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Sip and Trek Through the South Okanagan

The southern stretch of British Columbia’s rugged Okanagan Valley has blossomed from a sleepy vacation spot for Canadians into an exploding wine region with plenty to do in between tastings.


Where to Stay

Soak up the sunset from your own private patio at one of six Mediterranean-style villas at Hester Creek Estate winery (from $177). The Spanish tile roofs, stone fountain in the courtyard, and desert-rock accents create subtle harmony with the Okanagan’s high desert landscape. Within each villa, get cozy in front of your own fireplace or in your cushy Stearns & Foster bed, but be sure to rouse yourself for dinner at on-site Terrafina, a Mediterranean-inspired restaurant regarded as one of the best in the region. Tuck into hearty dishes like braised pork cheek tagliatelle ($20.50) or whole roasted arctic char with basil gnocchi ($25).


Take in the stunning landscape from your villa at Hester Creek Estate.  

Imagine you’re in the south of France at one of the ten tranquil guesthouses at the Burrowing Owl winery (from $128 in the off-season). Start the day with some laps in the Olympic-size swimming pool or a hike through the vines and rugged mountains nearby, followed by some low-key lounging on your own private patio or balcony (with a glass of B.C. wine in hand from the welcome bottle in your room). Nibble European-leaning dishes like tuna carpaccio with crème fraîche ($15) and duck confit with potato gratin ($23) at the Sonora Room, the on-site restaurant that’s popular with locals as well.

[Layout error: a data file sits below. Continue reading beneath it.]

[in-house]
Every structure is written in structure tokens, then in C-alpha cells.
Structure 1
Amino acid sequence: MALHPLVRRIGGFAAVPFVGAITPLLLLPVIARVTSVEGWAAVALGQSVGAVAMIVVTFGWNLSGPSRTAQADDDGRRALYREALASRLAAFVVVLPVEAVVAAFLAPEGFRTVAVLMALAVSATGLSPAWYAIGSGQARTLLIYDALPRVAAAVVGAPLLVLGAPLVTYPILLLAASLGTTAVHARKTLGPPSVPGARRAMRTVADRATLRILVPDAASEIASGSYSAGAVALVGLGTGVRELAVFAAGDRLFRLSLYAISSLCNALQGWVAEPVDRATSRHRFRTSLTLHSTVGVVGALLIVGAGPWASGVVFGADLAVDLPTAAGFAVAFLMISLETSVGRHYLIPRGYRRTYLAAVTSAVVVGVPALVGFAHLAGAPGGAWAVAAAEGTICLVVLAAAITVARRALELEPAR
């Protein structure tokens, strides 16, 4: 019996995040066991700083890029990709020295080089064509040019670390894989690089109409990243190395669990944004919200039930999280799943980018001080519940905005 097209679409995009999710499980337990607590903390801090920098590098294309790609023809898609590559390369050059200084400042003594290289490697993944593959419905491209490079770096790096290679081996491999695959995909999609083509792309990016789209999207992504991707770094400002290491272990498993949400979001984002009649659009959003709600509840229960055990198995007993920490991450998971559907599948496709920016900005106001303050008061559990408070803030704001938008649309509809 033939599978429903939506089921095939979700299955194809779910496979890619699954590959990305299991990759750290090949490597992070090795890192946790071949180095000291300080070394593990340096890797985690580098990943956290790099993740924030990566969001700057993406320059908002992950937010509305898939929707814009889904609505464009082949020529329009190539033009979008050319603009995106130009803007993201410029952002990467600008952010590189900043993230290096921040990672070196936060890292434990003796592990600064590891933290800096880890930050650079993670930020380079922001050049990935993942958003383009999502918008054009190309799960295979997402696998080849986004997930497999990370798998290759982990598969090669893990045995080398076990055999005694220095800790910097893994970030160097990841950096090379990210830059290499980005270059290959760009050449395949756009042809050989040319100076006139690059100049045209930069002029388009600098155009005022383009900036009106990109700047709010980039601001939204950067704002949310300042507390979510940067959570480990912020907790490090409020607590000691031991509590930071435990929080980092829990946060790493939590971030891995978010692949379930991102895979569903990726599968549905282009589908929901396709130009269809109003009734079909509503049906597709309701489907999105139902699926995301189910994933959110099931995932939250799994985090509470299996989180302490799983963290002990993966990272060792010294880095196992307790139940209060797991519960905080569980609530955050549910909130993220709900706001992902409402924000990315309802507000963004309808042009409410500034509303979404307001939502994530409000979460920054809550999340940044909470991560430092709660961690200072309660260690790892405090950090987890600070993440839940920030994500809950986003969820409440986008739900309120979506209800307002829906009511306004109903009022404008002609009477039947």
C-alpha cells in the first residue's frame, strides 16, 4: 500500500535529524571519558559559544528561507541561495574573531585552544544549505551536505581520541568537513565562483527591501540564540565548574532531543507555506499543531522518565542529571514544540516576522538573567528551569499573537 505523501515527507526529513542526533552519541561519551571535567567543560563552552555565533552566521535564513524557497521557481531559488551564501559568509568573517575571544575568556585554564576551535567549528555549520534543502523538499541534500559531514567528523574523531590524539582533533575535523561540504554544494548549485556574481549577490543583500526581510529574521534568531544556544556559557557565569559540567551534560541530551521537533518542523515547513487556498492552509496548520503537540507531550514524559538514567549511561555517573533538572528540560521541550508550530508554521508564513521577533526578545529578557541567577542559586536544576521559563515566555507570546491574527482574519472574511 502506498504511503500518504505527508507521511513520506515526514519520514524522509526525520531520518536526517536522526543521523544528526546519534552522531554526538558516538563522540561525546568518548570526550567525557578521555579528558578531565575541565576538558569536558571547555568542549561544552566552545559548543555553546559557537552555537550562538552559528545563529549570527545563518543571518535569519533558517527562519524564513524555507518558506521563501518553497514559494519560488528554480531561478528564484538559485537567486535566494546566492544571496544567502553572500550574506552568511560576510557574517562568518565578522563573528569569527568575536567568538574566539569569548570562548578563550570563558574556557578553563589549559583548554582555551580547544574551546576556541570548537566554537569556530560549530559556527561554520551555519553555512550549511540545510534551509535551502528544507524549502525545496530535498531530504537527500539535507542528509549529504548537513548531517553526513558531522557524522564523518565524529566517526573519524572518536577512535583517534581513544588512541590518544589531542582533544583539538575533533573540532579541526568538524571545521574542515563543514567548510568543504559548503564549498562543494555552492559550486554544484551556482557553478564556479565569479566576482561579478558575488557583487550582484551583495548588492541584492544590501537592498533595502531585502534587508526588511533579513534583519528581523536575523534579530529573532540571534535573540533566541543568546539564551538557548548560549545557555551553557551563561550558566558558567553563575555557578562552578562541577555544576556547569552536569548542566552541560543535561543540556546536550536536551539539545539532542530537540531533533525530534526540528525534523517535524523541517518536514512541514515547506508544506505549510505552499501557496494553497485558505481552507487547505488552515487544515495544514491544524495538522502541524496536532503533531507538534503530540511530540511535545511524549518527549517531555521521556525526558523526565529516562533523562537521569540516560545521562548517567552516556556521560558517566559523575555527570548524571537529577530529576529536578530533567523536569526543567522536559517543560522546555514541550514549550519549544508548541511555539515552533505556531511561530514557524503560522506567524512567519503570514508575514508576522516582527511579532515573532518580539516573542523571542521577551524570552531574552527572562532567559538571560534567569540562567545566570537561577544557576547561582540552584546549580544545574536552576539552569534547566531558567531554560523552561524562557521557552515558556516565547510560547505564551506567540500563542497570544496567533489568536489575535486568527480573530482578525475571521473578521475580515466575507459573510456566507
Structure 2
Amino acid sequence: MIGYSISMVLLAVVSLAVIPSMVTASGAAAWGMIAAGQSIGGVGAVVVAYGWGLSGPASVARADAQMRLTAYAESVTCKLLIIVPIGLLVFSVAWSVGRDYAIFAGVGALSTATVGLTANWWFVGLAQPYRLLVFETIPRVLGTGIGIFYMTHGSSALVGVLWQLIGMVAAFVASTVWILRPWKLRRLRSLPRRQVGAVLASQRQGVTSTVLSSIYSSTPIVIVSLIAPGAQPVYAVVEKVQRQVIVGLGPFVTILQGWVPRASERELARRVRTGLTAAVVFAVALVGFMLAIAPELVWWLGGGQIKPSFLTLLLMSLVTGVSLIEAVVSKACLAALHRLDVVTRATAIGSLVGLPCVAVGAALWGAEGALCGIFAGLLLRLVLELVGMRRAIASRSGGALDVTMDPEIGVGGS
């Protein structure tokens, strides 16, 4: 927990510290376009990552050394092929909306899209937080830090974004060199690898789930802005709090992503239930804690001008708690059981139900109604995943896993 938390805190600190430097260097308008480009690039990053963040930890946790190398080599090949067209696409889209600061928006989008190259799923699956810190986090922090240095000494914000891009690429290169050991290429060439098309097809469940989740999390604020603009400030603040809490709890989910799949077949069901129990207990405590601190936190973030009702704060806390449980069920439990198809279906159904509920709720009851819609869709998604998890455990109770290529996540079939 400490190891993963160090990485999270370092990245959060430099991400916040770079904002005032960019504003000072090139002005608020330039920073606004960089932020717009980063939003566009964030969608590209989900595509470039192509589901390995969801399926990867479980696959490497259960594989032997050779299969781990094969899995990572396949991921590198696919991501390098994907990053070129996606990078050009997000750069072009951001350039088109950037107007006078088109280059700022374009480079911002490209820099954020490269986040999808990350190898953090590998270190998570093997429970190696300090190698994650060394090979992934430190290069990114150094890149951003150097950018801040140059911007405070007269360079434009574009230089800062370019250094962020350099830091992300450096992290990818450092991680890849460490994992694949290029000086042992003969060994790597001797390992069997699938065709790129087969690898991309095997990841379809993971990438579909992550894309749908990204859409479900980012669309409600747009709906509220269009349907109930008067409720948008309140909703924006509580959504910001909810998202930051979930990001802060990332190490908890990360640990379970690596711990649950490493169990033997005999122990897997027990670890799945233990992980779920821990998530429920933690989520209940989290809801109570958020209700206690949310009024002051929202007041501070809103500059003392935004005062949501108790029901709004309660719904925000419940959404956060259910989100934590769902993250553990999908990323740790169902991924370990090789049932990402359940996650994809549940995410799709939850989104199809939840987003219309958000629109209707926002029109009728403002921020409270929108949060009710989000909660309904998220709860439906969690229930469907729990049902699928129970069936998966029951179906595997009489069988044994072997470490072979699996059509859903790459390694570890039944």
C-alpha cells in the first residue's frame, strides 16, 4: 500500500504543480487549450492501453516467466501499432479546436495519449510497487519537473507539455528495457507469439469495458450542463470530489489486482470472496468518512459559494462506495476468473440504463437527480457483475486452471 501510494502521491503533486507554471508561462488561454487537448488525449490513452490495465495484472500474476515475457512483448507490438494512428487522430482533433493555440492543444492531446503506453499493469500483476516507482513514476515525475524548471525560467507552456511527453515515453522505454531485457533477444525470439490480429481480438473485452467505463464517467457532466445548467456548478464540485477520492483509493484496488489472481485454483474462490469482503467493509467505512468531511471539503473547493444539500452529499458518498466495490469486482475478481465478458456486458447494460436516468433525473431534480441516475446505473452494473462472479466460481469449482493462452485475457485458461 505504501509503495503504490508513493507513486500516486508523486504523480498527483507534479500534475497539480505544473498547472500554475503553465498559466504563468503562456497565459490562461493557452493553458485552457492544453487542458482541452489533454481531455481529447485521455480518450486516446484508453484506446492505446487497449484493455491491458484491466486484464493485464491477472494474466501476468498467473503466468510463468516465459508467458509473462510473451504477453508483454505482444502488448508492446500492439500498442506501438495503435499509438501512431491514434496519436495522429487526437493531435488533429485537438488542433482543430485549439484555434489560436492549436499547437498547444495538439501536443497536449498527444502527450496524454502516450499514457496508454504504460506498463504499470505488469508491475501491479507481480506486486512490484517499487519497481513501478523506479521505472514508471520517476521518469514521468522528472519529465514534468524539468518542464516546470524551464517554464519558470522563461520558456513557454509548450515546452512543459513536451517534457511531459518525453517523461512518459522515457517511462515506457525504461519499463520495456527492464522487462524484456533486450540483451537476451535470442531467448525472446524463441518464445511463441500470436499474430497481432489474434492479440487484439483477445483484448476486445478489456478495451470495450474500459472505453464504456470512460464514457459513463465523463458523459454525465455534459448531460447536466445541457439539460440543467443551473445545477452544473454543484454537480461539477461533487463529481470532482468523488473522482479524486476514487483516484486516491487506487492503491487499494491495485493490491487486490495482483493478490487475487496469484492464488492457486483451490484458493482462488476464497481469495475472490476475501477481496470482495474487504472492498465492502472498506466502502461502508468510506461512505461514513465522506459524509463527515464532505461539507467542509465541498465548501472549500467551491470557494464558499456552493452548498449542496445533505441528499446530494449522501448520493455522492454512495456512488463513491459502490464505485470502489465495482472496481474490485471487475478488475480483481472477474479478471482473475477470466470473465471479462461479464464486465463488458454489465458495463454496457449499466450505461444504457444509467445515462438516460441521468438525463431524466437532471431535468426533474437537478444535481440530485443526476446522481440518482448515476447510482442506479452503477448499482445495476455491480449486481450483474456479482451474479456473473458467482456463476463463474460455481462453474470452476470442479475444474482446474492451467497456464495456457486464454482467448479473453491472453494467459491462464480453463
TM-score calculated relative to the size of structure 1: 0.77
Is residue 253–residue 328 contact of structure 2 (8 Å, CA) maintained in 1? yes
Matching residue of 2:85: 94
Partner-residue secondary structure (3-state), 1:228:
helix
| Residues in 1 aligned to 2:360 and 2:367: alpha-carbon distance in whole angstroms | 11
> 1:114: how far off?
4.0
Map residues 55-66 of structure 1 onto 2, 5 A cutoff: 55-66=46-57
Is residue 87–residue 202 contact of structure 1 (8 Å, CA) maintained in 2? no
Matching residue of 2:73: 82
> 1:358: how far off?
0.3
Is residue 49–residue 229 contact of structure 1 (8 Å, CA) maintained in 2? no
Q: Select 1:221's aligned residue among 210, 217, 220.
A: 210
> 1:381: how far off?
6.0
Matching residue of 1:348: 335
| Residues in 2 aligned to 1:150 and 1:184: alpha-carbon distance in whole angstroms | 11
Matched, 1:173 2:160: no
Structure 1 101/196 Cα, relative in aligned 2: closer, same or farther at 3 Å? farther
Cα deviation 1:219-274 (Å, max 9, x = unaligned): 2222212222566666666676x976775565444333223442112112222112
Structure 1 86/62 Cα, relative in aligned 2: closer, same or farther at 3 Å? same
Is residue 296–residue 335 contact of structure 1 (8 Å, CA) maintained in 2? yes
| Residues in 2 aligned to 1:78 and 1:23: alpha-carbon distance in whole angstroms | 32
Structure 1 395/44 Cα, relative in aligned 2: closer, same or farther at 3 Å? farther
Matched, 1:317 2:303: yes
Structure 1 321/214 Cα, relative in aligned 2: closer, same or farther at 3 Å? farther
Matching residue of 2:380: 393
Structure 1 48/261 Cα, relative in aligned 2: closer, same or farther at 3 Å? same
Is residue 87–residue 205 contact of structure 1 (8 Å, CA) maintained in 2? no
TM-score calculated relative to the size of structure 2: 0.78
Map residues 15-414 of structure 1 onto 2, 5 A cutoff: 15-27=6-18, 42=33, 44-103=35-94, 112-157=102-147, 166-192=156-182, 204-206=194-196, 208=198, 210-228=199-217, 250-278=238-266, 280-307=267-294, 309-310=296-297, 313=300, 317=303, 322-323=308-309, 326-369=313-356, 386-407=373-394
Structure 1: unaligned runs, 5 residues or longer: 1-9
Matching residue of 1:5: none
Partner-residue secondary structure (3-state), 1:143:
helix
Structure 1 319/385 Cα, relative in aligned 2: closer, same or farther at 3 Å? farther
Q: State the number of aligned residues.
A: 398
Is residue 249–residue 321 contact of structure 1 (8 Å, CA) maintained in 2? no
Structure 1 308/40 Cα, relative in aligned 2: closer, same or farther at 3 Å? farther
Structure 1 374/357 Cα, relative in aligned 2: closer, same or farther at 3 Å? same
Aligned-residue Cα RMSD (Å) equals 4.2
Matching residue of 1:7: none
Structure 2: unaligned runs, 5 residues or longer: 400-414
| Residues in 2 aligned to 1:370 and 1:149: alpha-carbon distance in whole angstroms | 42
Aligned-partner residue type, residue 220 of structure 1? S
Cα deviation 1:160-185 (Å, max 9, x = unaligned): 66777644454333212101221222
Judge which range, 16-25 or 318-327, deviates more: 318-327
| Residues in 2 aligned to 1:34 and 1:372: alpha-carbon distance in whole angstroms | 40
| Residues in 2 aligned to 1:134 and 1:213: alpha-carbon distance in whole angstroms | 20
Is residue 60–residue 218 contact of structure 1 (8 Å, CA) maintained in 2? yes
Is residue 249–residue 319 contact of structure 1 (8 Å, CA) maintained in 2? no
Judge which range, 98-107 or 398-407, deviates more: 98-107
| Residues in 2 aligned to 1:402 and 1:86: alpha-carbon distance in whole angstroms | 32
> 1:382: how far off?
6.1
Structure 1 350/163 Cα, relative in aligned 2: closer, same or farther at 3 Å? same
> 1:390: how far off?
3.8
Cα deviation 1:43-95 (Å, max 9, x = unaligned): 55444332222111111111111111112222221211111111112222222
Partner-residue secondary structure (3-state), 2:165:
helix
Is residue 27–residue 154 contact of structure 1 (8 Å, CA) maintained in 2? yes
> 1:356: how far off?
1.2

Wake up with morning vinyasa along the shores of Lake Osoyoos at the Watermark Beach Resort, a lakeside property ideal for active types: miles of running and biking trails weave alongside the waterfront. Cozy earth-tone rooms (from $99 in the winter off-season) make ideal home bases, with amenities like well-stocked kitchens, and washers and dryers in studios. Take a seat under the flower-draped pergola to tuck into Okanagan-inspired small plates like sockeye salmon with spring pea purée ($9) and warm roasted cauliflower salad with quinoa ($11). Soon to come: a vertical wine-tasting highlighting local and international vintners.

Where to Eat

The views are breathtaking and the bistro dishes locally-sourced at Liquidity.  

Admire the artwork like a giant sphere made from reclaimed wood and a towering dandelion crafted from aluminum at Liquidity, a winery that recently opened a bistro on its 4,000-square-foot complex. Settle in for lunch in the sleek white dining area, where Instagram-worthy views of mountains and vineyards through floor-to-ceiling windows steal the show. Local and Pacific Northwest flavors are the focus here: think foraged mushroom flatbread with hazelnut gremolata and truffle oil ($13), braised short rib grilled cheese ($13), and, of course, the winery’s excellent vino the medium-bodied Pinot Gris ($7) pairs exceptionally well with most dishes on the menu.

Belly up to the bar amid kitchy décor (look up at the eggbeater mobile) at Dolci Socialhaus . The former deli has recently been reimagined as an inventive tapas joint serving up a changing menu of globally inspired dishes like beer-and-bacon-cheese fondue ($11), housemade spaetzle ($11), and a Swiss-inspired specialty called chrut capuns, a fluffy round of dough topped with prosciutto, salami, cheese, Swiss chard, and caramelized onion ($14). A small but well-rounded wine menu showcases Okanagan winemakers, with a few Eurocentric varietals sprinkled in.

Savor the flavors of the Okanagan at Miradoro, the Mediterranean-inspired restaurant at Tinhorn Creek winery. Dig into locally sourced creations by chef Jeff Van Geest like wild boar carbonara ($20), albacore tuna puttanesca ($22), or pork belly with scallops from British Columbia and served with pickled peach, fried polenta, and beet purée, paired with wines from all over the valley. Snag a spot on the open-air patio if possible, but there’s no bad seat in the house: Each table gets a killer view of the bucolic surroundings through floor-to-ceiling windows.

What to Do

Gawk at the gargantuan telescopes at Dominion Radio Astrophysical Observatory.